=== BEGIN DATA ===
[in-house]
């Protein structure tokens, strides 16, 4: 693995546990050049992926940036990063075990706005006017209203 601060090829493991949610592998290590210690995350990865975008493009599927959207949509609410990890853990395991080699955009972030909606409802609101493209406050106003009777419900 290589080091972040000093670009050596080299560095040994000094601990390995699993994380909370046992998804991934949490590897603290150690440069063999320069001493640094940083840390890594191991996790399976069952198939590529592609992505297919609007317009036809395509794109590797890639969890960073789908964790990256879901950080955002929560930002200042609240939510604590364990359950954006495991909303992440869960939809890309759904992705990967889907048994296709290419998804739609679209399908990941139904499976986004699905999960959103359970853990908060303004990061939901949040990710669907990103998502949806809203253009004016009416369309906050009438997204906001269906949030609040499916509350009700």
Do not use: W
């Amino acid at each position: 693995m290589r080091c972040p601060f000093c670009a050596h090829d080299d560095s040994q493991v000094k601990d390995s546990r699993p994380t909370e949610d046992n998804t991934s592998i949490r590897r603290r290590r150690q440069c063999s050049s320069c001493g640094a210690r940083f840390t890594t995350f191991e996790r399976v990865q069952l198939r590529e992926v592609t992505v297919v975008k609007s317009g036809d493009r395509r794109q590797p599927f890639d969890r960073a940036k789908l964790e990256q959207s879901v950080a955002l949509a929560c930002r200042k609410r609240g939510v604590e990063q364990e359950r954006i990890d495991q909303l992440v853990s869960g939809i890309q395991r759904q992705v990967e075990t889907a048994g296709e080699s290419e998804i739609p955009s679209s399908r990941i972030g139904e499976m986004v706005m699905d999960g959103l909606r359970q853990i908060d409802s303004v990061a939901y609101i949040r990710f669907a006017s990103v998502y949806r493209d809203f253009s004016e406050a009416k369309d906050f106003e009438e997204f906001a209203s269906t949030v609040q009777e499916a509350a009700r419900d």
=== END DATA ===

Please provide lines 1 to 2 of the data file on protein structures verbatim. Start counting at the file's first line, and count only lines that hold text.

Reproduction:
[in-house]
């Protein structure tokens, strides 16, 4: 693995546990050049992926940036990063075990706005006017209203 601060090829493991949610592998290590210690995350990865975008493009599927959207949509609410990890853990395991080699955009972030909606409802609101493209406050106003009777419900 290589080091972040000093670009050596080299560095040994000094601990390995699993994380909370046992998804991934949490590897603290150690440069063999320069001493640094940083840390890594191991996790399976069952198939590529592609992505297919609007317009036809395509794109590797890639969890960073789908964790990256879901950080955002929560930002200042609240939510604590364990359950954006495991909303992440869960939809890309759904992705990967889907048994296709290419998804739609679209399908990941139904499976986004699905999960959103359970853990908060303004990061939901949040990710669907990103998502949806809203253009004016009416369309906050009438997204906001269906949030609040499916509350009700």